Timeline: Quinn abandons youth prison merger

Timeline: Quinn abandons youth prison merger
Carlos Javier Ortiz for WBEZ
Timeline: Quinn abandons youth prison merger
Carlos Javier Ortiz for WBEZ

Timeline: Quinn abandons youth prison merger

Big plans do not always happen. Such is the case with Illinois Gov. Pat Quinn’s proposal to merge the agency responsible for youth prisons (Department of Juvenile Justice) with the agency responsible for foster care (Department of Children and Family Services). Quinn proposed this in March of last year, and kept pushing it publicly through that July. But now - a year later - the merger is “on hold,” as DJJ Director Arthur Bishop puts it.

We ran a story on this today on WBEZ. For more information, check out our series on the juvenile justice system, Inside and Out. Below is a timeline of events related to the youth prison system since its creation five years ago.

Carlos Javier Ortiz for WBEZ

Illinois Department of Juvenile Justice

November 17, 2005: Gov. Rod Blagojevich signs into law SB 92, legislation separating the juvenile prison system from the Department of Corrections.

July 1, 2006: The new Department of Juvenile Justice is born, but many support services for the agency, including parole supervision, remained under the adult system.

September 1, 2009: A youth incarcerated at the facility in St. Charles commits suicide. The facility did not have “safety beds” that could help prevent suicides. (Almost two years later, a report from the John Howard Association found that cells doubling as suicide watch cells still lacked these beds.)

September 8, 2009: The state’s auditor general issues a scathing report on the Department of Juvenile Justice. It criticized the agency for taking years to write job descriptions, and for taking so long to purchase computers for incarcerated youth that a federal grant expired.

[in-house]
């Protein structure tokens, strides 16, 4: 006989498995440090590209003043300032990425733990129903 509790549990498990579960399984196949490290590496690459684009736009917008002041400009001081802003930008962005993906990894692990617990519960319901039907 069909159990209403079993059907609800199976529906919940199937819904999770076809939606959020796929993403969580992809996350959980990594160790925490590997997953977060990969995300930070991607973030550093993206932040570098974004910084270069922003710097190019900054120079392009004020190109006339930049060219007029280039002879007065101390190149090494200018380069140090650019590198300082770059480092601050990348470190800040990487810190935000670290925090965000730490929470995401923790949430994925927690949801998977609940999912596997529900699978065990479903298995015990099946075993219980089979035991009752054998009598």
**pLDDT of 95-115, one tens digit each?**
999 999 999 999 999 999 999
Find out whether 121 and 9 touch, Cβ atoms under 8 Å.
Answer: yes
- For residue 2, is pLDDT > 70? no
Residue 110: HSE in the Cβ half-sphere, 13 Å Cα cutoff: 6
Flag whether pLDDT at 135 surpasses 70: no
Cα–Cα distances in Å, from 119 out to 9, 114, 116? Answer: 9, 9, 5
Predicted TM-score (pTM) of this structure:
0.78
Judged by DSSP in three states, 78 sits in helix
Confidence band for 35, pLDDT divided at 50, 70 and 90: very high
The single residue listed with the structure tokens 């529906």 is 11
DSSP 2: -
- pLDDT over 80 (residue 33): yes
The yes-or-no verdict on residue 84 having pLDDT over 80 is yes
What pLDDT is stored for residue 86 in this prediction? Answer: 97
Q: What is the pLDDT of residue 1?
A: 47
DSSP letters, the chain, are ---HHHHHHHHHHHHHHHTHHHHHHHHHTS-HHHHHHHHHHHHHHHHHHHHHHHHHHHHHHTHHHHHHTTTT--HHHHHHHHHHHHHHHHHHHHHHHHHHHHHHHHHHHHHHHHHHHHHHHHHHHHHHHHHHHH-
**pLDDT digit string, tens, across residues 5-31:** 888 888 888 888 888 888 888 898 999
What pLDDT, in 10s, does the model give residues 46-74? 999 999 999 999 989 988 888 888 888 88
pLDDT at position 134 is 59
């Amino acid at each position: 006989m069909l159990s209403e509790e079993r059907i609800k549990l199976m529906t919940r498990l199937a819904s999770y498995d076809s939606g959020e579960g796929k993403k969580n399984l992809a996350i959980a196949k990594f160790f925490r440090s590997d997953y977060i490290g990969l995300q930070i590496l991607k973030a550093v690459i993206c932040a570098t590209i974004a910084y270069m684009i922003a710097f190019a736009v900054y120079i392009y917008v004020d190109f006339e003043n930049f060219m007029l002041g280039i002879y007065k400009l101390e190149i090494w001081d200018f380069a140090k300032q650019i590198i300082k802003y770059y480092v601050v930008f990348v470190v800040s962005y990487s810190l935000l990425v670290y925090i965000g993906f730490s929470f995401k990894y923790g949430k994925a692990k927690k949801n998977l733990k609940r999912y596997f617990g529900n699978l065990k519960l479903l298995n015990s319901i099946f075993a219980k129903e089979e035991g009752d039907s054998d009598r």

March 2, 2010: Lawmakers in the Legislative Audit Commission quiz the department’s director, Kurt Friedenauer, about its high recidivism rate and lack of separation from the adult prison system.

March 10, 2010: Gov. Pat Quinn’s office releases budget documents that show his intention to merge the Department of Juvenile Justice with the much larger Department of Children and Family Services, which handles foster care.

March 23, 2010: AFSCME, a politically powerful union representing many employees in the department, comes out against the merger proposal during a legislative hearing.

March 26, 2010: More than two dozen state lawmakers send Quinn a letter, asking him to hold off on issuing an executive order merging the two departments. “More time is needed” to examine the proposal, they write.

April 1, 2010: Quinn signs an executive order directing his staff to work toward merging the departments, and to craft legislation making it official. This is a step back from his administration’s previous position that lawmaker approval was unnecessary.

July 14, 2010: Friedenauer resigns, effective at the end of the month.

July 16, 2010: Quinn names Arthur Bishop as acting head of the youth prison system, saying he will lead the department as it merges with DCFS. The governor says there is no deadline for the merger, but says it will happen “with dispatch“ and “certainly by year’s end.”

July 28, 2010: At a hearing, lawmakers seem skeptical about the merger plan, and whether it is more than simply a bureaucratic reshuffling.

July 29, 2010: A report from the nonprofit MacArthur Foundation finds that staffing levels at the youth prisons are too low, and employees not properly trained, to treat mental health issues. A report author says more than 70-percent of the youth in the system have mental health needs.

August 1, 2010: Bishop takes over the department.

January 1, 2011: Legislation takes effect that seeks to separate some of the existing links between the Department of Corrections and the Department of Juvenile Justice. It directs the administration to – “where possible” – share administrative services “with child-serving agencies,” such as DCFS.

February 2011: The first class of “aftercare specialists” begin training. The new position is basically a youth-focused parole officer. Previously, all parole monitoring was performed by officers employed by the adult Department of Corrections. Despite higher targets, only five “aftercare specialists” keep the job. A second training class of “aftercare specialists” was set to start in May, but was delayed until August.

July 12, 2011: Bishop says the merger idea has been “put on hold.” He said that after planning for the merger began, “we found that the collaborative relationships with other state agencies and other partners allowed us to accomplish a number of the things that we’ve accomplished thus far, and so the focus is on the youth and the rehabilitation of the youth as opposed to what address DJJ sits in.”